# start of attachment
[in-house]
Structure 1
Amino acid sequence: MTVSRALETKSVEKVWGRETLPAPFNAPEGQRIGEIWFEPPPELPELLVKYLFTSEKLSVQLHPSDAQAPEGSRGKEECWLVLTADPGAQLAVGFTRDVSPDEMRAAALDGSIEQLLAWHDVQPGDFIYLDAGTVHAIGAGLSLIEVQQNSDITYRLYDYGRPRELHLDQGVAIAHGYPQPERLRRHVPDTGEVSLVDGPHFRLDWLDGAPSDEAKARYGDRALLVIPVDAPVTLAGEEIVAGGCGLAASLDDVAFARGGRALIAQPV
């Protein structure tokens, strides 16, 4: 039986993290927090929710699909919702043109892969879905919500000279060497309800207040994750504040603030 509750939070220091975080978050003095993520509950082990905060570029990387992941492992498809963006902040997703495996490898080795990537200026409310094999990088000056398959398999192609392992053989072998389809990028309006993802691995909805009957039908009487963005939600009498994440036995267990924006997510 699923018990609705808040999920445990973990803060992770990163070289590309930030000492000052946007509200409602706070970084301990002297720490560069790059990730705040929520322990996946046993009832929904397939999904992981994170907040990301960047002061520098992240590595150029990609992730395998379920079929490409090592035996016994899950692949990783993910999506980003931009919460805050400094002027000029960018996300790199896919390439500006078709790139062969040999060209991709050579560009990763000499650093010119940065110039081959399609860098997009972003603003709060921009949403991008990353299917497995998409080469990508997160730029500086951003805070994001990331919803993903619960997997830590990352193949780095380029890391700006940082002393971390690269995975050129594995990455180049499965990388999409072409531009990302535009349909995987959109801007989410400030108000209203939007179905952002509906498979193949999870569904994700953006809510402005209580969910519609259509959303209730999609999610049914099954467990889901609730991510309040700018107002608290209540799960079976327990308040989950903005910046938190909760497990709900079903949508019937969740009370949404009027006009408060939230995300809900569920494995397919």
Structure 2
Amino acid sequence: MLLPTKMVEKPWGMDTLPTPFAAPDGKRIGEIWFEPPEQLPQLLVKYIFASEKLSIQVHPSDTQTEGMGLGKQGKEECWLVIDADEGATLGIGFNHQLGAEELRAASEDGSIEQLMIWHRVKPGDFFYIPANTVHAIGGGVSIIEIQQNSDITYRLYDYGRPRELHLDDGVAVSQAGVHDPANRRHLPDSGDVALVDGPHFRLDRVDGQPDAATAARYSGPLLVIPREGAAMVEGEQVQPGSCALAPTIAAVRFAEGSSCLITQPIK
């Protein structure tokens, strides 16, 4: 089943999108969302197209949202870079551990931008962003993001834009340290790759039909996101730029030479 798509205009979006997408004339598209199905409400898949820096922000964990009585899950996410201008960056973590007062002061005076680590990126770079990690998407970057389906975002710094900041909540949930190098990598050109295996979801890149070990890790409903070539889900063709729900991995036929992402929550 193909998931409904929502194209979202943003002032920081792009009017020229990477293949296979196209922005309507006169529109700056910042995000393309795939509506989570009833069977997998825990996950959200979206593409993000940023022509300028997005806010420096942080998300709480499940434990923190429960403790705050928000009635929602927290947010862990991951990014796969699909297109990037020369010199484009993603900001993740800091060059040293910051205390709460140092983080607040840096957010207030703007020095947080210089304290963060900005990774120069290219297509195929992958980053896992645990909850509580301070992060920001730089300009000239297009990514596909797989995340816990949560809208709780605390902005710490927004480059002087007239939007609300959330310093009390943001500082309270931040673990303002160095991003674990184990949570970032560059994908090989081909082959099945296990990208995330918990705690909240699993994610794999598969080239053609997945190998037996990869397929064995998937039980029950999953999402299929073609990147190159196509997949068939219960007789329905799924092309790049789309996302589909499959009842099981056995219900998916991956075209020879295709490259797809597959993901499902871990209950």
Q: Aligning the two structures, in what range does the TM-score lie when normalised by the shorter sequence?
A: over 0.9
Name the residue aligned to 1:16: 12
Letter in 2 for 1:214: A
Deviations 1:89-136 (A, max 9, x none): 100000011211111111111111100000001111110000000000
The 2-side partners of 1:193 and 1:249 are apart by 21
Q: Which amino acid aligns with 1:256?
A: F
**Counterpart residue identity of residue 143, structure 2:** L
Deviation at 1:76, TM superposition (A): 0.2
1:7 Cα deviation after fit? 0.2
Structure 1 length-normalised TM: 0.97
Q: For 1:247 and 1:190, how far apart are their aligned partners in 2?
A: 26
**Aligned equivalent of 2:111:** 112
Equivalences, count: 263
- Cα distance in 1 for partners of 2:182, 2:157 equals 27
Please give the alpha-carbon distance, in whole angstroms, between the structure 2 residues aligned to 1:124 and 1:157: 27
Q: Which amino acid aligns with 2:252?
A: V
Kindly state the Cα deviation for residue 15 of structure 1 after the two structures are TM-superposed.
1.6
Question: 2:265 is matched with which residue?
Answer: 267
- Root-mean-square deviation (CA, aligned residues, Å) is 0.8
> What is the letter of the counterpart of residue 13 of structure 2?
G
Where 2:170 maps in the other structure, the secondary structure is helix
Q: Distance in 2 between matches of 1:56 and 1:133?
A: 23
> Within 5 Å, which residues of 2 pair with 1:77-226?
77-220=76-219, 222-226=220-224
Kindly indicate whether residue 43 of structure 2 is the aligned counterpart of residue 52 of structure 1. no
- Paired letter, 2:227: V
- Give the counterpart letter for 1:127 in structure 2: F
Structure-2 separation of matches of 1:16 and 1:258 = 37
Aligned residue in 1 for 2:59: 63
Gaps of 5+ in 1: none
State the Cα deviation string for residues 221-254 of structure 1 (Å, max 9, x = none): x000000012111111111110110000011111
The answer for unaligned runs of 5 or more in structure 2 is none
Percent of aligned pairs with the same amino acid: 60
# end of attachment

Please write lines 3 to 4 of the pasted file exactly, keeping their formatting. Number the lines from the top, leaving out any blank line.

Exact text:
Amino acid sequence: MTVSRALETKSVEKVWGRETLPAPFNAPEGQRIGEIWFEPPPELPELLVKYLFTSEKLSVQLHPSDAQAPEGSRGKEECWLVLTADPGAQLAVGFTRDVSPDEMRAAALDGSIEQLLAWHDVQPGDFIYLDAGTVHAIGAGLSLIEVQQNSDITYRLYDYGRPRELHLDQGVAIAHGYPQPERLRRHVPDTGEVSLVDGPHFRLDWLDGAPSDEAKARYGDRALLVIPVDAPVTLAGEEIVAGGCGLAASLDDVAFARGGRALIAQPV
């Protein structure tokens, strides 16, 4: 039986993290927090929710699909919702043109892969879905919500000279060497309800207040994750504040603030 509750939070220091975080978050003095993520509950082990905060570029990387992941492992498809963006902040997703495996490898080795990537200026409310094999990088000056398959398999192609392992053989072998389809990028309006993802691995909805009957039908009487963005939600009498994440036995267990924006997510 699923018990609705808040999920445990973990803060992770990163070289590309930030000492000052946007509200409602706070970084301990002297720490560069790059990730705040929520322990996946046993009832929904397939999904992981994170907040990301960047002061520098992240590595150029990609992730395998379920079929490409090592035996016994899950692949990783993910999506980003931009919460805050400094002027000029960018996300790199896919390439500006078709790139062969040999060209991709050579560009990763000499650093010119940065110039081959399609860098997009972003603003709060921009949403991008990353299917497995998409080469990508997160730029500086951003805070994001990331919803993903619960997997830590990352193949780095380029890391700006940082002393971390690269995975050129594995990455180049499965990388999409072409531009990302535009349909995987959109801007989410400030108000209203939007179905952002509906498979193949999870569904994700953006809510402005209580969910519609259509959303209730999609999610049914099954467990889901609730991510309040700018107002608290209540799960079976327990308040989950903005910046938190909760497990709900079903949508019937969740009370949404009027006009408060939230995300809900569920494995397919």